But there is more NHTSA can do in this area. Education and awareness are always important components in our efforts, and so by next year we will update the materials available on NHTSA’s school bus safety page. That page, developed with the American School Bus Council, will include new information for parents, kids and drivers on a host of safety issues.
NHTSA also will begin a new analysis of state reporting requirements on crashes involving school buses, to determine how best to gather more useful data on those crashes. We believe this effort could teach us important lessons on how factors such as speed and distraction put students at risk.
Another new area of research will examine how best to combat something we all dread – the driver who refuses to stop when a school bus’s stop arm and flashing lights are out. NHTSA is currently conducting research into the effectiveness of cameras as a deterrent to that unsafe behavior. We are investigating whether cameras, and the combination of cameras and public information programs to highlight their presence, can help us protect students during the loading and unloading process.
These are all important issues and addressing them is essential to our joint goal of saving the lives of our kids. NHTSA is going to move on all these fronts, and we will need movement from all the other players in this arena as well.
But there is one issue that carries elevated significance in the minds of the media, policymakers, and the families we all serve. And that is the issue of seat belts on school buses. It is not new. The data and the arguments have not changed, but my message to you today is that we don’t really need to change the data and arguments. What has to change is all of us.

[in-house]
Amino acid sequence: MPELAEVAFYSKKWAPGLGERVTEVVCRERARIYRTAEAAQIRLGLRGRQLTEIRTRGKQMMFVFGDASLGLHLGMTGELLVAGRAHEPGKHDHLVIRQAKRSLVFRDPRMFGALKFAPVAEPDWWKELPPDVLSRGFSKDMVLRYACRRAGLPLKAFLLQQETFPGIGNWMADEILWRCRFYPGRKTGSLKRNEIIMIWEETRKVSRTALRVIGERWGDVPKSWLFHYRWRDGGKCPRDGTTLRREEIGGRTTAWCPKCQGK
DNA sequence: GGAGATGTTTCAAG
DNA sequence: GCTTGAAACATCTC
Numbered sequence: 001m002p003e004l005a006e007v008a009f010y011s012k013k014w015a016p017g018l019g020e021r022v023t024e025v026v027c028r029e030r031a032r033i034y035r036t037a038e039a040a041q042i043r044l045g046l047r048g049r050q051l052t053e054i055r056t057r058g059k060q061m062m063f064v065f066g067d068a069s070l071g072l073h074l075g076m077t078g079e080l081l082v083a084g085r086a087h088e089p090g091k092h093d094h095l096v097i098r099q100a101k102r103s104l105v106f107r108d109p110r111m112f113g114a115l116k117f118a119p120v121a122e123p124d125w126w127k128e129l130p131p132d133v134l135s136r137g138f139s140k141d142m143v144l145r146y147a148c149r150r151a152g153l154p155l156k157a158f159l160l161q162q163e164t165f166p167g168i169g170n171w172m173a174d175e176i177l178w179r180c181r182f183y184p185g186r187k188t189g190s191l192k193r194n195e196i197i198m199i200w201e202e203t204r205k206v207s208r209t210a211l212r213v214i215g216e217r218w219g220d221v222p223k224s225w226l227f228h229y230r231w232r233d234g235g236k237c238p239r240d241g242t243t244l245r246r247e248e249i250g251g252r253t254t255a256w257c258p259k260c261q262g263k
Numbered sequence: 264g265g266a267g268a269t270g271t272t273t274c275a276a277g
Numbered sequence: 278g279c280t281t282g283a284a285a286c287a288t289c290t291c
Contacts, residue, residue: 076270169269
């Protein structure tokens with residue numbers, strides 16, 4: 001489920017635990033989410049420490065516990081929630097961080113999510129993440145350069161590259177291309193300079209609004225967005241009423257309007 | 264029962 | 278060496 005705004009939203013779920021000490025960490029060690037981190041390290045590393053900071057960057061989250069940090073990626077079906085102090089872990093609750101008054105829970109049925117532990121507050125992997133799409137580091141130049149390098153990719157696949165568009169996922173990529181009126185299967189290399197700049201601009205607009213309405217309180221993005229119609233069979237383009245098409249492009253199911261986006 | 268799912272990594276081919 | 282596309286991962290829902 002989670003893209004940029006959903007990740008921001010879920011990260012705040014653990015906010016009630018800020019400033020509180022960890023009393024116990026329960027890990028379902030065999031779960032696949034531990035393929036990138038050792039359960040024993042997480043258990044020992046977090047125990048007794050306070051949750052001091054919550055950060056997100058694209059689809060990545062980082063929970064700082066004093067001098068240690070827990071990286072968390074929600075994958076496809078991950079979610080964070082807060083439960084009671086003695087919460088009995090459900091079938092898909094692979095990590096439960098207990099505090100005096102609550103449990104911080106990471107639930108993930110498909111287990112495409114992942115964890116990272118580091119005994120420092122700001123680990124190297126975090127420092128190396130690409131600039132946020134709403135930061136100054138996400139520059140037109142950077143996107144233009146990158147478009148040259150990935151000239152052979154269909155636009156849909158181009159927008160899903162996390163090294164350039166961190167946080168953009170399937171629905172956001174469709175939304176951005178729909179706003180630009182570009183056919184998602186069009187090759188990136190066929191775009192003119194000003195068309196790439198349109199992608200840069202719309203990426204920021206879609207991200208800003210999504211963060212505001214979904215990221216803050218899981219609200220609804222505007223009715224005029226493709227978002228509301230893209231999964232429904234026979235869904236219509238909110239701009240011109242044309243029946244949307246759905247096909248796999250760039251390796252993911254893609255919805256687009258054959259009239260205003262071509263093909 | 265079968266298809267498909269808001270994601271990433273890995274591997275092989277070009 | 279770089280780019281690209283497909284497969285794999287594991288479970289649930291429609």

As NHTSA’s administrator, my primary role is as the leader of our agency. NHTSA has not always spoken with a clear voice on the issue of seat belts on school buses. So let me clear up any ambiguity now: The position of the National Highway Traffic Safety Administration is that seat belts save lives. That is true whether in a passenger car or in a big yellow bus. And saving lives is what we are about. So NHTSA’s policy is that every child on every school bus should have a three-point seat belt. NHTSA will seek to use all the tools at our disposal to help achieve that goal, and today I want to launch a nationwide effort to get us there.
Is this a change in position? Yes. But it is consistent with NHTSA’s role as the guardian of safety on America’s roads. It is consistent with decades of progress in raising seat belts in the minds of the public from novelty to nuisance to “the car doesn’t move until I hear that click.” Seat belts are icons of safety. And that makes them the single most effective thing we can provide to improve the confidence of parents, policymakers and children. Without seat belts on buses, there is a gaping, obvious hole in our safety measures that sparks questions all of us have to answer. With seat belts, we can build momentum for student pedestrian safety, enhanced enforcement, and more.
I don’t deny that this is a challenge. But I want us to concentrate on this simple, basic statement: School buses should have seat belts. Period. It should be utterly uncontroversial – there is no question that seat belts offer improved safety. Seat belts will save the lives of children who we might otherwise lose in crashes. Seat belts provide the safety those kids deserve. And yet for years, decades even, the conversation about school bus safety has gone right past what ought to happen, and straight to all the reasons it can’t happen. For NHTSA, and I hope for all of you, that ends today.
It is time to stop talking about what we can’t accomplish, time to start making things happen. Because every child on a bus seat without a seat belt means more risk of serious injury to precious cargo. Everyone – NHTSA, state policy makers, local school districts, manufacturers – everyone with a stake in this needs to step up.
NHTSA will step up. Today I’m announcing a series of steps designed to move the nation toward providing this foundational safety item to every child on a school bus.